Tech Thoughts Newsletter – 9 June 2023.
Market: The market is continuing to hold up well, and by the end of last week, we started to see some catch-up from underperforming sectors and small caps (so a broadening of market performance). We still think that the biggest beneficiaries of AI-driven growth over the next 12 months will be in Tech.
Portfolio: We have not made any major changes to our holdings in our portfolio this week.
The big event of the week was Apple’s Developer Conference WWDC. And the “one more thing” from Apple was of course, the much anticipated Apple Vision Pro. It’s significant because it’s really the first new Apple product category since the Apple Watch.
The rumours were pretty bang on the money – The headset does indeed resemble ski goggles with an external battery pack. The headset will cost $3,499 vs the rumoured price of $3,000.
Everyone will of course, have a view around whether this is the next big platform shift in computing or whether it’ll just never take off – with the idea of us walking around with ski goggles on our heads all a bit too “Ready Player One”…
Firstly, though, the facts: there is no doubt that this is Apple doing what it does best in terms of high performance hardware – and there is a huge amount of tech in there: 2 very powerful processors, 5 sensors (4 depth, 1 lidar), 6 microphones and 12 cameras. There is no doubt that vs. Meta Quest (or any competing headset in the market), this has a huge amount more sophisticated tech and performance built in – admittedly, the Meta Quest costs 7x less than the $3,500 Apple is selling this for, but still,, making this for ~$1,500 BOM is seriously impressive and shows what Apple does best in terms of component sourcing.
There is a dual chipset – M2 + a new Apple-designed R1 processor. “R” for real-time, which means that the images are still rendered in under 12 milliseconds (which is the threshold under which you don’t feel motion sickness). This is really no mean feat (remember the camera needs to extract the image, process it, and render it back into the display).
More important, though, is Apple’s ability to integrate its own software (“visionOS”) and its own in-house designed hardware. It is hard to imagine that in any short-mid time frame, anyone else could overcome the technical problems of implementing a lot of these features without that.
It will ship in 2024, and we should emphasise that there are no expectations for this to be the next smartphone, and the iPhone isn’t going anywhere any time soon. Apple’s own estimates are to sell 900,000 units in the first year (which plays more than 200m iPhones a year..)
The high price is the obvious limiting factor and is not a new feature in Apple’s business model – they’ve never seeked to sell the cheapest or the most of any product.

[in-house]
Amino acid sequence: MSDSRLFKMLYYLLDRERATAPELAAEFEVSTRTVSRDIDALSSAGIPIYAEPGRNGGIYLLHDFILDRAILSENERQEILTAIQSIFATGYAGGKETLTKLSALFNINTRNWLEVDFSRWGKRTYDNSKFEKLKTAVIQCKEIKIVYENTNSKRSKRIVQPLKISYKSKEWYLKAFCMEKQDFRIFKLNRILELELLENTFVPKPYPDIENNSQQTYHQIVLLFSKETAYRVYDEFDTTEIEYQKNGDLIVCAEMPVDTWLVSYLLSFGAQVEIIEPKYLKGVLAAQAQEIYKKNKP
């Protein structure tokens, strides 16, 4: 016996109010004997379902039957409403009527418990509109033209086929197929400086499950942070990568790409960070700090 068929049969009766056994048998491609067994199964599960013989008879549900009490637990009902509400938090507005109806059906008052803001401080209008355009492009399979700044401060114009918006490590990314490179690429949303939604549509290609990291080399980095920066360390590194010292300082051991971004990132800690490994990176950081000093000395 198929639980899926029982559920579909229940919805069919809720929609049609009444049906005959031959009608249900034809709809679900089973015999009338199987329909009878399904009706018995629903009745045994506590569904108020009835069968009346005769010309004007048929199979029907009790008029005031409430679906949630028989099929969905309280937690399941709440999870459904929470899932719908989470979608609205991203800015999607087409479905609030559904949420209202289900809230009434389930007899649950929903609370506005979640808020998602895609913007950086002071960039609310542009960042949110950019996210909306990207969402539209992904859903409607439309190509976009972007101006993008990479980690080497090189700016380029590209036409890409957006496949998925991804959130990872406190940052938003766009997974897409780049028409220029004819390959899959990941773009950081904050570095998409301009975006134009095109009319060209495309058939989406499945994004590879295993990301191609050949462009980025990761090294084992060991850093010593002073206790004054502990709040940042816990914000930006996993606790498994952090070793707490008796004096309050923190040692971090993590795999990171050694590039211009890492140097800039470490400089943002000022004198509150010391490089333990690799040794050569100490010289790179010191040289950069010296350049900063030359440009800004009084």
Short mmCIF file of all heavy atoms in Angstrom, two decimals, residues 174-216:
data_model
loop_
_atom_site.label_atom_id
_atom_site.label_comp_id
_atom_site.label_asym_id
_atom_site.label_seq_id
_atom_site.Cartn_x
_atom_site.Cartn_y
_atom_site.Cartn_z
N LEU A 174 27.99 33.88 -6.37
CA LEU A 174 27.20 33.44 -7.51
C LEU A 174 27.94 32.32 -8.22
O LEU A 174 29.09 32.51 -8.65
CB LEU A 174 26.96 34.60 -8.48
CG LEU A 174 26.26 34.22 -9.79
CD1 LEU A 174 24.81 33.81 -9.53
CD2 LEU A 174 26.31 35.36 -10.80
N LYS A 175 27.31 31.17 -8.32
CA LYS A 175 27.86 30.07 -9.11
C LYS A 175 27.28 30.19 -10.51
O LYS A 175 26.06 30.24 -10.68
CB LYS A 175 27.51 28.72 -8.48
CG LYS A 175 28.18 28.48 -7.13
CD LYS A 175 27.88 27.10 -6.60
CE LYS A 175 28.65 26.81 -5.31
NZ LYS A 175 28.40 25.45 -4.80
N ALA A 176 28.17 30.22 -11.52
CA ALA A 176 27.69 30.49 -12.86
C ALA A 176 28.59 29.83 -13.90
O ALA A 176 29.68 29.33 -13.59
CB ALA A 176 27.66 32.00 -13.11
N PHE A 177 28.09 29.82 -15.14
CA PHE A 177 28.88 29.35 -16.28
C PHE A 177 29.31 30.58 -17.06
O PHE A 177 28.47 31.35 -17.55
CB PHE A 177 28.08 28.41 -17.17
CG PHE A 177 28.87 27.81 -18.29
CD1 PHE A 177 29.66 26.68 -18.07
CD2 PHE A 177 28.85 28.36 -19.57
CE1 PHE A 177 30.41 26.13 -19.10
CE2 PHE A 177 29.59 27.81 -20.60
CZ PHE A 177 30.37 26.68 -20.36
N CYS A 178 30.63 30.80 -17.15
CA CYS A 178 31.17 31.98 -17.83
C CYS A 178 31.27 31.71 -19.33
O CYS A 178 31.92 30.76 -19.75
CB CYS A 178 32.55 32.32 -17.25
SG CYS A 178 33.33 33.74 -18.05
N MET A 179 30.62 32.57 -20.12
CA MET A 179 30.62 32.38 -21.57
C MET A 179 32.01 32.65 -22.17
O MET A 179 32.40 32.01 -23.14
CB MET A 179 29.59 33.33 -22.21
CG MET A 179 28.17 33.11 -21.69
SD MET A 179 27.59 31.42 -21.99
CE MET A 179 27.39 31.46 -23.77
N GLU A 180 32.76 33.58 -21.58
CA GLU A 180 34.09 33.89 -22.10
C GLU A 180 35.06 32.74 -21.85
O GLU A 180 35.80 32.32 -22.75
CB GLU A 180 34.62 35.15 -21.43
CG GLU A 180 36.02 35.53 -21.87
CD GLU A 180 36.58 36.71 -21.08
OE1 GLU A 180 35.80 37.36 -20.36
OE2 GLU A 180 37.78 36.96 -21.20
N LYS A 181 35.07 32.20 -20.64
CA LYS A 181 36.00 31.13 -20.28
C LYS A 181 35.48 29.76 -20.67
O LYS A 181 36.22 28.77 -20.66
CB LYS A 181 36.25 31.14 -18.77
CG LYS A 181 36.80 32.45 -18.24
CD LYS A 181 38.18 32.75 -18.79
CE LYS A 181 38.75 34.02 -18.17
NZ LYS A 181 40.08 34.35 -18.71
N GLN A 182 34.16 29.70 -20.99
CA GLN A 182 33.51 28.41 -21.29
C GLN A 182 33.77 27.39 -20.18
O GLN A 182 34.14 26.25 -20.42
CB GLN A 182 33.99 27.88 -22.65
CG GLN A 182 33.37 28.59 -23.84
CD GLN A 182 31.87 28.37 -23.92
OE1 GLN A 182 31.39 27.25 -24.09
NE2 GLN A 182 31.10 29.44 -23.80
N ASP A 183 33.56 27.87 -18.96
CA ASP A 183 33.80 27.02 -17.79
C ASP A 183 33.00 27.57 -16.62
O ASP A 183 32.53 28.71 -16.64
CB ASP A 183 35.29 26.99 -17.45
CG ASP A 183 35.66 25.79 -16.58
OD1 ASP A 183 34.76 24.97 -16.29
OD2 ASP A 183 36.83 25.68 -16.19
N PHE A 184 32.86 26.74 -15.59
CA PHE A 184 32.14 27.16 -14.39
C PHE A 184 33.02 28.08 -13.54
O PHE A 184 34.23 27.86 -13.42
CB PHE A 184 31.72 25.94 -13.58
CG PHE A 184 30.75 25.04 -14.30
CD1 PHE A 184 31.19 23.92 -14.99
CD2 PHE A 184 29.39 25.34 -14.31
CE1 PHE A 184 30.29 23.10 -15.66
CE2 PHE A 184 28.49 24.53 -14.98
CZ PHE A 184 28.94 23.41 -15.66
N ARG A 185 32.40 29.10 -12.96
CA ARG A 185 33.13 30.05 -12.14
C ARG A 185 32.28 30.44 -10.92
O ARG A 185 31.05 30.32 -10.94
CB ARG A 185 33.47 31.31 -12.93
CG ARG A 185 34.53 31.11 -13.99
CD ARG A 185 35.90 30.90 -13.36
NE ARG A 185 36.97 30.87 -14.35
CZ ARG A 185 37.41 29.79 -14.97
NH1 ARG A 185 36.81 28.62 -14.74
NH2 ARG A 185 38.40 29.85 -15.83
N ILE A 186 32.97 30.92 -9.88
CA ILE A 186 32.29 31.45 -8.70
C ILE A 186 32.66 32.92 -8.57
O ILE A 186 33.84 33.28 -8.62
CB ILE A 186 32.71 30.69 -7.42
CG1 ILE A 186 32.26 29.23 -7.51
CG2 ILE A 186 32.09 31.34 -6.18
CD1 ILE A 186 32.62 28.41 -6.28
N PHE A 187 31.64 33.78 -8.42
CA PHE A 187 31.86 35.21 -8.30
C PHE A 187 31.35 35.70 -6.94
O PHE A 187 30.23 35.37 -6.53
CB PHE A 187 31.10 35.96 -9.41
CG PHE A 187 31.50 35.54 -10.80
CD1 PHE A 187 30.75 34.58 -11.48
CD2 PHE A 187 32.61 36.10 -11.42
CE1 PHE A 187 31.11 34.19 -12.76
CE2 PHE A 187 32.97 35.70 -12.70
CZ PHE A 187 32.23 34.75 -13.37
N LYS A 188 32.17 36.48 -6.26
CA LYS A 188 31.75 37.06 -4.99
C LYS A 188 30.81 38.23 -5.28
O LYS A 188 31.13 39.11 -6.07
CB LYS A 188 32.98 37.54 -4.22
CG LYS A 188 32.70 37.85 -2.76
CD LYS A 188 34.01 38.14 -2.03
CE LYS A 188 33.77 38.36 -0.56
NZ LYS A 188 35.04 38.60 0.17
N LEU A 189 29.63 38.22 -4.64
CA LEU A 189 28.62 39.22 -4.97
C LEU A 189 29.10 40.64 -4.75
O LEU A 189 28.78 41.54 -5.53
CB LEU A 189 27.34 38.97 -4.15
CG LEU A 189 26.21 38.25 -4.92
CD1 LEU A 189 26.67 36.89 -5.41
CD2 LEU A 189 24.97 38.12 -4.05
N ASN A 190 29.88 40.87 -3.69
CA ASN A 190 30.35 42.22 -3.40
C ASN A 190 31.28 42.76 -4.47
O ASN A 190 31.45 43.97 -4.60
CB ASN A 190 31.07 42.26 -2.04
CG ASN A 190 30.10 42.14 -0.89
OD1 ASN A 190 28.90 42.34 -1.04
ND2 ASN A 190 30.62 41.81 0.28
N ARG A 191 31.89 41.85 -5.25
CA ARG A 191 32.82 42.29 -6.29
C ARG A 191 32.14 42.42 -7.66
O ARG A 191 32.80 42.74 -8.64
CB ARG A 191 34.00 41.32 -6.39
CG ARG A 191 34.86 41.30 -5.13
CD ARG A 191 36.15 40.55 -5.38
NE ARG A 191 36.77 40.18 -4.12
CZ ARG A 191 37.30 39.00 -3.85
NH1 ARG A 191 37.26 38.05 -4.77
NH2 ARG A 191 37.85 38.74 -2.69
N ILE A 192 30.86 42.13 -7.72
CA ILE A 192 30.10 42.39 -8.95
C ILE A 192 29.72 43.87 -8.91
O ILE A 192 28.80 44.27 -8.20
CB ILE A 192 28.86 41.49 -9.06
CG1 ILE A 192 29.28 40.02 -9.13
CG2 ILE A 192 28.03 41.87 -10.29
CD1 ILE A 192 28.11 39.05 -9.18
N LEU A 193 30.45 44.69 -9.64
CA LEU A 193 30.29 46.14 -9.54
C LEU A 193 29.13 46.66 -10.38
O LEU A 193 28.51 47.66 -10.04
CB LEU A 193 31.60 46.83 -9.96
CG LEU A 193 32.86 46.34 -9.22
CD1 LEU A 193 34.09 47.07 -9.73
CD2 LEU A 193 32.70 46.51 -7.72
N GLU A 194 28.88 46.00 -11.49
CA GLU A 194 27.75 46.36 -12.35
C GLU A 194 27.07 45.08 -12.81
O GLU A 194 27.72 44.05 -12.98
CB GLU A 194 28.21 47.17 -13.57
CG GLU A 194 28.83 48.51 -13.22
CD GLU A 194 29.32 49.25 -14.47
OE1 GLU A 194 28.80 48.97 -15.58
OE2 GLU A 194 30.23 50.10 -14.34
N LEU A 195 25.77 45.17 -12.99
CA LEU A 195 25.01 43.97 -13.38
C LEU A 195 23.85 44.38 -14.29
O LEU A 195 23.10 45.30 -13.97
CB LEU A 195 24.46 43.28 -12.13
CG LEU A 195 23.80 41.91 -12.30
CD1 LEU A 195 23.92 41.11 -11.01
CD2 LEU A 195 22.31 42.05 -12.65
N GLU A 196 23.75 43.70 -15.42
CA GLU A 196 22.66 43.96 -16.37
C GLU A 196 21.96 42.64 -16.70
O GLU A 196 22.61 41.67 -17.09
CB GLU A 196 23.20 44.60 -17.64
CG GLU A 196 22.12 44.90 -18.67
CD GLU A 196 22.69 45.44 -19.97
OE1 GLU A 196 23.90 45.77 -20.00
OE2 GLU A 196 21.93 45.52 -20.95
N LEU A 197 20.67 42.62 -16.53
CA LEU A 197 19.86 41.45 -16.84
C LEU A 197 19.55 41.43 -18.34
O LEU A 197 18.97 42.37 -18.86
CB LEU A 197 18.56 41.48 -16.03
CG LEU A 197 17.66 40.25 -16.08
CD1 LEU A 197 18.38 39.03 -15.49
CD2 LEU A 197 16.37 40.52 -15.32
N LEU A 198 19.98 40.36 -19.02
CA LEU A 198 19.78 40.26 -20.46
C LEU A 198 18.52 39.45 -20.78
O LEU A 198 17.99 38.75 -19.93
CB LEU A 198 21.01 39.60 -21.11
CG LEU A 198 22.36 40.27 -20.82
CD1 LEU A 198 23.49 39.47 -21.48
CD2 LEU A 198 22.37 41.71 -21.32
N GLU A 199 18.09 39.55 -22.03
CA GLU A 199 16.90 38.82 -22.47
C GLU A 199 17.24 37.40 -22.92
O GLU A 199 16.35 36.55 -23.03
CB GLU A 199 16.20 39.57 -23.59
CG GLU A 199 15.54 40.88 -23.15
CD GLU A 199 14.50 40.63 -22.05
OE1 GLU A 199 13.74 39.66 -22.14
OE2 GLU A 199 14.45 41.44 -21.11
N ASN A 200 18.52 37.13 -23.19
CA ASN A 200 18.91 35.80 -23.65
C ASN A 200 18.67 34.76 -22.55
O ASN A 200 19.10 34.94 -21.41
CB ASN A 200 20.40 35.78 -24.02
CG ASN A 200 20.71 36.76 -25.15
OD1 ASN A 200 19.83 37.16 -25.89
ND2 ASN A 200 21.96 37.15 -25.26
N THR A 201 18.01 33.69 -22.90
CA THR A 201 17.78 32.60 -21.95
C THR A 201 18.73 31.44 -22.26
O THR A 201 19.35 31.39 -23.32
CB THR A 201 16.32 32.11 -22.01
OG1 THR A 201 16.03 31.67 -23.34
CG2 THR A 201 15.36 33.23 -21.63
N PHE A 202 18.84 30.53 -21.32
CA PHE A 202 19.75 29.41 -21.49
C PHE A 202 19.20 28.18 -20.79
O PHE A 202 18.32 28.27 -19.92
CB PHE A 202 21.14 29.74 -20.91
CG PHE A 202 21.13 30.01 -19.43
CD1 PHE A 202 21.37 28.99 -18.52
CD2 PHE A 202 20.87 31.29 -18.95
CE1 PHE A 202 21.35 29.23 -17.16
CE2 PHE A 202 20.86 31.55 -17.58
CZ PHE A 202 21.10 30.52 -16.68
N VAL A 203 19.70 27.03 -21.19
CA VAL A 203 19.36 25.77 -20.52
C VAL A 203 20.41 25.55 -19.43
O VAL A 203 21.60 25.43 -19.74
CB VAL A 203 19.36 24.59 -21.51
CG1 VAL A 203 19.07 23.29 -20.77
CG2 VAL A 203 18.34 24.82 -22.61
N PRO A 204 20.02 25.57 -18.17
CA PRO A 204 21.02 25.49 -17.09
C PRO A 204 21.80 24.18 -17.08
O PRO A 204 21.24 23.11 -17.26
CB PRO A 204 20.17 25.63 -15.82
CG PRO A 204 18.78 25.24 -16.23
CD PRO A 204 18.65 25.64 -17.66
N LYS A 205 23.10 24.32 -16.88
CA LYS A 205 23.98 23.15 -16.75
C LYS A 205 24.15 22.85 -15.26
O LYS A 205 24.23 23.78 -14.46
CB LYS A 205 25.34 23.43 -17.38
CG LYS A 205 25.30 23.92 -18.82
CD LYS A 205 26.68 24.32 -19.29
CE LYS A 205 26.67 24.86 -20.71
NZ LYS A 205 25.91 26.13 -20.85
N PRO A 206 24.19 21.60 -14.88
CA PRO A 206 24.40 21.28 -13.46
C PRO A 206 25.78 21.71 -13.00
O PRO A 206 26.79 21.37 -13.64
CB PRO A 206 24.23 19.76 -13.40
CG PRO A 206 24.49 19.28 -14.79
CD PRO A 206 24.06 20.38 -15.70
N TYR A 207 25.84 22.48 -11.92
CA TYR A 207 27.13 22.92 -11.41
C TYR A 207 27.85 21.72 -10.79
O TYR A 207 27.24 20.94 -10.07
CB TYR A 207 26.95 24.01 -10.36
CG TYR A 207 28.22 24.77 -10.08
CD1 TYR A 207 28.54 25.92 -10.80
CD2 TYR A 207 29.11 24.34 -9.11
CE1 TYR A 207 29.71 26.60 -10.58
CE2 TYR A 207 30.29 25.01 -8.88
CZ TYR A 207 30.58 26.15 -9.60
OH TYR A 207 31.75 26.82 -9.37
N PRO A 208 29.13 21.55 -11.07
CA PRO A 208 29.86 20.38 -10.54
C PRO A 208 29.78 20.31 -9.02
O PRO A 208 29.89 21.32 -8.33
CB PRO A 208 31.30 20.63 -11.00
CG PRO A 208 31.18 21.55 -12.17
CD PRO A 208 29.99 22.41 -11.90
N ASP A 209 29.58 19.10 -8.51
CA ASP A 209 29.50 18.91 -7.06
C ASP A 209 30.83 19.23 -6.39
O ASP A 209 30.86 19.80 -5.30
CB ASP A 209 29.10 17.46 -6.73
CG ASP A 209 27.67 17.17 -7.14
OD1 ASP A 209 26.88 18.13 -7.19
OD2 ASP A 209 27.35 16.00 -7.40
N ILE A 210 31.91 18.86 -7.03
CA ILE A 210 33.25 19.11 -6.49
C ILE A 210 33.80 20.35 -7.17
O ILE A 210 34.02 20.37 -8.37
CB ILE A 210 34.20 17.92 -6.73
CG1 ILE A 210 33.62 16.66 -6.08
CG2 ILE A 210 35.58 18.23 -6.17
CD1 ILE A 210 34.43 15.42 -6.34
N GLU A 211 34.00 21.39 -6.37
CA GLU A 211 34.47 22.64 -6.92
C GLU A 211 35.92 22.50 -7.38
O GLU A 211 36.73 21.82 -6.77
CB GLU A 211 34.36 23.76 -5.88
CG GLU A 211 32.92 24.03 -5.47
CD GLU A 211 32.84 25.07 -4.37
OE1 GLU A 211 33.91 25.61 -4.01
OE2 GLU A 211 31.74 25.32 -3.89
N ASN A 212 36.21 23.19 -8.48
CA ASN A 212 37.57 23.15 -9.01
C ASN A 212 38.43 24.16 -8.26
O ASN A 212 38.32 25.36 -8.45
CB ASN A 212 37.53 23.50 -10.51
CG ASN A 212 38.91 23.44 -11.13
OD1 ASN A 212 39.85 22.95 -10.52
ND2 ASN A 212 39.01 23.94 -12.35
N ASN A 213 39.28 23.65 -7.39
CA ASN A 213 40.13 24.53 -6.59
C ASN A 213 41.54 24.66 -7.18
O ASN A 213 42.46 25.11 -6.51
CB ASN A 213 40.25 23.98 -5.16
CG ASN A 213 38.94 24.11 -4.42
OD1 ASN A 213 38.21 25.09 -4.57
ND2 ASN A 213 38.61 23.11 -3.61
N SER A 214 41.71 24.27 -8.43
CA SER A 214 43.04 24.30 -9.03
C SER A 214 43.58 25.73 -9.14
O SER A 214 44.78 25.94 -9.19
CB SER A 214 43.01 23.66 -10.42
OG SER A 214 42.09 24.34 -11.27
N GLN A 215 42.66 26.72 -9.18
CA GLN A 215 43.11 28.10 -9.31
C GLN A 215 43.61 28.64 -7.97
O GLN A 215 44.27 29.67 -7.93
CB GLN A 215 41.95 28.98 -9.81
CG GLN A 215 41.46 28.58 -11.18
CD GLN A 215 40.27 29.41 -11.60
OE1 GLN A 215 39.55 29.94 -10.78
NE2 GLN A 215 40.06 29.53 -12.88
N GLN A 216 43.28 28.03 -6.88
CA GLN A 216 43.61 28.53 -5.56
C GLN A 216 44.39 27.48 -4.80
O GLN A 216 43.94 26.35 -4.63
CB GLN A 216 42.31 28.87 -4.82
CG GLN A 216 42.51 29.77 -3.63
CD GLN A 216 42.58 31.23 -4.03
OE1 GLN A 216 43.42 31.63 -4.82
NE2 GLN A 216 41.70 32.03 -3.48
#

The nature of hardware is that price comes down over time (although we should say that the nature of this tech and the complexity is that the cost will not come down rapidly. It’s not hard to imagine though Apple eventually releasing a full suite of models, including a lower priced “non Pro” version with less features and pricing cascading down).
So, will it be the next big platform shift? To take the optimistic tech investor view… this is Apple, and there will surely be a lot of applications we haven’t thought about (in just the same way the PC and smartphone were launched with a totally different set of use cases than exist today).
In terms of initial adoption, we thought the Work demo was compelling, and it’s not hard to imagine compelling work applications – that you could have your 6 screens in front of you wherever you are; and Facetime/meetings is another obvious use case – the PC was originally adopted (and paid for) by employers before it became a consumer product.
What Apple is doing is getting ahead of any potential platform shift that might exist in the future. It’s a defensive move, and they have the cash to play that move. Competitors were/are going there: Remember Microsoft’s Metaverse partnership with Meta (and Microsoft’s own HoloLens headset product).
Vision Pro is compatible with Microsoft apps – from our perspective, it makes much more sense for Microsoft (and Meta) to bin their hardware efforts and focus on making apps usable on Apple’s devices.
Elsewhere in the conference, the Mac Pro got a new M2 Ultra chip, which it specifically called out its capabilities around machine learning and being able to train large language models. Actually (though they didn’t use the term “AI”) the whole keynote was a bit peppered with AI references. It’s important because Apple is a bit of less “obvious” AI play in big tech. But, if you think about more inference happening locally and on the end device (ChatGPT released their app on the iPhone first), you can argue for Apple as a big beneficiary (effectively the biggest and best reseller of compute)..